Drivers need to stay engaged when using automated vehicles, according to the Insurance Institute for Highway Safety (IIHS).
The organization has issued a set of research-based safety recommendations on the design of partially automated driving systems.
The guidelines stress the need for drivers to remain focused on the road even as the vehicle does more of the work.
The IIHS says the current partially automated systems still need the driver to be involved at all times, which means robust methods are needed to monitor driver engagement and to regain the driver’s attention when it wanders.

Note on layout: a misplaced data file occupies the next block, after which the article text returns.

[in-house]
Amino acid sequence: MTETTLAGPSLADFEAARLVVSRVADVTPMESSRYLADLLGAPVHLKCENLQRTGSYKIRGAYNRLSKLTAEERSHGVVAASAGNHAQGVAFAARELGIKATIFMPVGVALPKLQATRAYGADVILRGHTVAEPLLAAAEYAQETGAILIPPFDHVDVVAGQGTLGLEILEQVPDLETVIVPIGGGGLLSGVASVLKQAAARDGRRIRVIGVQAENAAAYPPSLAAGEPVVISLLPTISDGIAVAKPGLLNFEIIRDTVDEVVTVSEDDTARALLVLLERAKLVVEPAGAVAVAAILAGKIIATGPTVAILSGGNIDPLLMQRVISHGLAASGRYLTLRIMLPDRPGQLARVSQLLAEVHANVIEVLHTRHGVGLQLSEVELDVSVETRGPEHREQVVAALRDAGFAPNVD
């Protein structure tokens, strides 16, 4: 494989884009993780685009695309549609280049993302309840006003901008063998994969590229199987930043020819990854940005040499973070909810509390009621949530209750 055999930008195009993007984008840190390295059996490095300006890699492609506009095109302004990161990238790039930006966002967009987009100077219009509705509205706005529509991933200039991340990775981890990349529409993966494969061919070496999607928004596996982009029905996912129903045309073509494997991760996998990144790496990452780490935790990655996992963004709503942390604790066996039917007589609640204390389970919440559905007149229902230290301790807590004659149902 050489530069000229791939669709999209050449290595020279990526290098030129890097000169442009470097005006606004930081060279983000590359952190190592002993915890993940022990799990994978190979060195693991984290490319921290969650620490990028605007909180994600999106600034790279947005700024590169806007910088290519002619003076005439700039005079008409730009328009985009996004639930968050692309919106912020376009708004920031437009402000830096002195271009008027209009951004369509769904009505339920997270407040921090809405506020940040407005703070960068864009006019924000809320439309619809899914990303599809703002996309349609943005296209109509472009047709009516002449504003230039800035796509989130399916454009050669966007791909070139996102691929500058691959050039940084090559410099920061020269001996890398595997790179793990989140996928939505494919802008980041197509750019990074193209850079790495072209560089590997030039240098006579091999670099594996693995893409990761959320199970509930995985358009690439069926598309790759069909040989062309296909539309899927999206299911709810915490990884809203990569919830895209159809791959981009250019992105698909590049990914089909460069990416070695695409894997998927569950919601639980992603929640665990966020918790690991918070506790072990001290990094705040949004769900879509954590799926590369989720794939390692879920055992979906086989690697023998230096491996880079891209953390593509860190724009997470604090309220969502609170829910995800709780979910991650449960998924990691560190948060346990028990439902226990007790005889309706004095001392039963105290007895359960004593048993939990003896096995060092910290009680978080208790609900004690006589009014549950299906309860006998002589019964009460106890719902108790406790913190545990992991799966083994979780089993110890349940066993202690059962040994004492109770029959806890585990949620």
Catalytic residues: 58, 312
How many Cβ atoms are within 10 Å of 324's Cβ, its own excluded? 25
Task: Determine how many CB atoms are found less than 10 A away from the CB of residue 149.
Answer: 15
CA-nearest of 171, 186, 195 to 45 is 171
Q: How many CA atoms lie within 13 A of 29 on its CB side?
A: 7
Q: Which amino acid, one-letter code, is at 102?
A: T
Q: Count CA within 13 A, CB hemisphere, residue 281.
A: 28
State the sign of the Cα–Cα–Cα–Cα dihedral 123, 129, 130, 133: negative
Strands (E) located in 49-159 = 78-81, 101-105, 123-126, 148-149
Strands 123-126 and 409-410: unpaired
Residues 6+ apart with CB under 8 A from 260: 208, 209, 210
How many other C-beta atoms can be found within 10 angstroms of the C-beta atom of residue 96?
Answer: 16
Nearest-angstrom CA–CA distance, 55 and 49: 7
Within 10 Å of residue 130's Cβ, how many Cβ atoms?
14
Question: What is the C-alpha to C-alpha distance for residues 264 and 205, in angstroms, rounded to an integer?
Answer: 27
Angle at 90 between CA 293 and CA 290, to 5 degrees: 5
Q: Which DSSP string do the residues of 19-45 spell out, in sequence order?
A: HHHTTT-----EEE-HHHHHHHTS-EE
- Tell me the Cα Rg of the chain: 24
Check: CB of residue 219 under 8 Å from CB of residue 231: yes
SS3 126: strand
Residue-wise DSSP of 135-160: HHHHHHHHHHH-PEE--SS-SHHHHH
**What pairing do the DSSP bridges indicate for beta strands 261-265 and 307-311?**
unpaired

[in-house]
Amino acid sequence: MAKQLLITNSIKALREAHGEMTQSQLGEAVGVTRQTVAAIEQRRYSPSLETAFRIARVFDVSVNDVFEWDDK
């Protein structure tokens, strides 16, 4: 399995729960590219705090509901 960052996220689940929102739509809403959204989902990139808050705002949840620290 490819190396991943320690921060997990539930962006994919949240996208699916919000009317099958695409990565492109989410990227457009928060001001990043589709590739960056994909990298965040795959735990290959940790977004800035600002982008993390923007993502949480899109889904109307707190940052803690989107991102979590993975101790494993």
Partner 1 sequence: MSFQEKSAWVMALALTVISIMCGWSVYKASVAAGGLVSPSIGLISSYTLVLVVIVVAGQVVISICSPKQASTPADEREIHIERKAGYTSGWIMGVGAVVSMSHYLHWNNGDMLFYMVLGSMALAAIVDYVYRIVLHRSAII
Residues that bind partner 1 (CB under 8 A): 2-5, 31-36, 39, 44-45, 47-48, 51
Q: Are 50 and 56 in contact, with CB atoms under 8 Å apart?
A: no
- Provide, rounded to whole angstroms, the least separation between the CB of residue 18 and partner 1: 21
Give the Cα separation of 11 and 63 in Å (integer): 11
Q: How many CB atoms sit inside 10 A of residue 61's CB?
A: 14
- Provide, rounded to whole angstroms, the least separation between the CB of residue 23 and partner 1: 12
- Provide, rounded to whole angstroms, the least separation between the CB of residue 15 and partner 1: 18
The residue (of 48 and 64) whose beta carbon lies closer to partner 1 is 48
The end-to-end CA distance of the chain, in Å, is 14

Designs should also be based on a principle of shared control, and they should have built-in limits that prevent them from being used on roads and under conditions where it isn’t safe to do so, the organisation’s researchers say.
“Unfortunately, the more sophisticated and reliable automation becomes, the more difficult it is for drivers to stay focused on what the vehicle is doing,” said IIHS President David Harkey. “That’s why systems should be designed to keep drivers actively engaged.”
Under the classification system developed by SAE International, there are five levels of automation, ranging from 0 (no automation) to 5 (fully self-driving). The highest level available in production vehicles today is Level 2.